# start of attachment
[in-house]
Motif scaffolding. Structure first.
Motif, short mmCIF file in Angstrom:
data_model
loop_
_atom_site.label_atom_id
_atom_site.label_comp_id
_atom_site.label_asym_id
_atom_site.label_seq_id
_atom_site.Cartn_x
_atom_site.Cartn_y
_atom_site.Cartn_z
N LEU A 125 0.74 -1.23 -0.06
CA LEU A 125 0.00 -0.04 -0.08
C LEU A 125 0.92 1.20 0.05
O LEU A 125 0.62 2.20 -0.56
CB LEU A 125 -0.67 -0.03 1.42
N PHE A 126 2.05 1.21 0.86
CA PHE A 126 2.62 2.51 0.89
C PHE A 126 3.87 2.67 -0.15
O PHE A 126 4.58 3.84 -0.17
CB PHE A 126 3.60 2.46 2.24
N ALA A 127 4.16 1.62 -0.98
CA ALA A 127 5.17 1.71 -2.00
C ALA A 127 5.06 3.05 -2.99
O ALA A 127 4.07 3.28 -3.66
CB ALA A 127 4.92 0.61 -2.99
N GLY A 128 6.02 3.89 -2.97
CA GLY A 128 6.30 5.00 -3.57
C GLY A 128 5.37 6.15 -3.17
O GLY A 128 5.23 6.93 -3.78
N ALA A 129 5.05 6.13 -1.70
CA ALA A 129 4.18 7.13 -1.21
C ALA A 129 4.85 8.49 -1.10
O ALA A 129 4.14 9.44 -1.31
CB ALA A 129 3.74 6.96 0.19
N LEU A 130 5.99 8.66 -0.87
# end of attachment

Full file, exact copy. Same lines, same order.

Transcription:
[in-house]
Motif scaffolding. Structure first.
Motif, short mmCIF file in Angstrom:
data_model
loop_
_atom_site.label_atom_id
_atom_site.label_comp_id
_atom_site.label_asym_id
_atom_site.label_seq_id
_atom_site.Cartn_x
_atom_site.Cartn_y
_atom_site.Cartn_z
N LEU A 125 0.74 -1.23 -0.06
CA LEU A 125 0.00 -0.04 -0.08
C LEU A 125 0.92 1.20 0.05
O LEU A 125 0.62 2.20 -0.56
CB LEU A 125 -0.67 -0.03 1.42
N PHE A 126 2.05 1.21 0.86
CA PHE A 126 2.62 2.51 0.89
C PHE A 126 3.87 2.67 -0.15
O PHE A 126 4.58 3.84 -0.17
CB PHE A 126 3.60 2.46 2.24
N ALA A 127 4.16 1.62 -0.98
CA ALA A 127 5.17 1.71 -2.00
C ALA A 127 5.06 3.05 -2.99
O ALA A 127 4.07 3.28 -3.66
CB ALA A 127 4.92 0.61 -2.99
N GLY A 128 6.02 3.89 -2.97
CA GLY A 128 6.30 5.00 -3.57
C GLY A 128 5.37 6.15 -3.17
O GLY A 128 5.23 6.93 -3.78
N ALA A 129 5.05 6.13 -1.70
CA ALA A 129 4.18 7.13 -1.21
C ALA A 129 4.85 8.49 -1.10
O ALA A 129 4.14 9.44 -1.31
CB ALA A 129 3.74 6.96 0.19
N LEU A 130 5.99 8.66 -0.87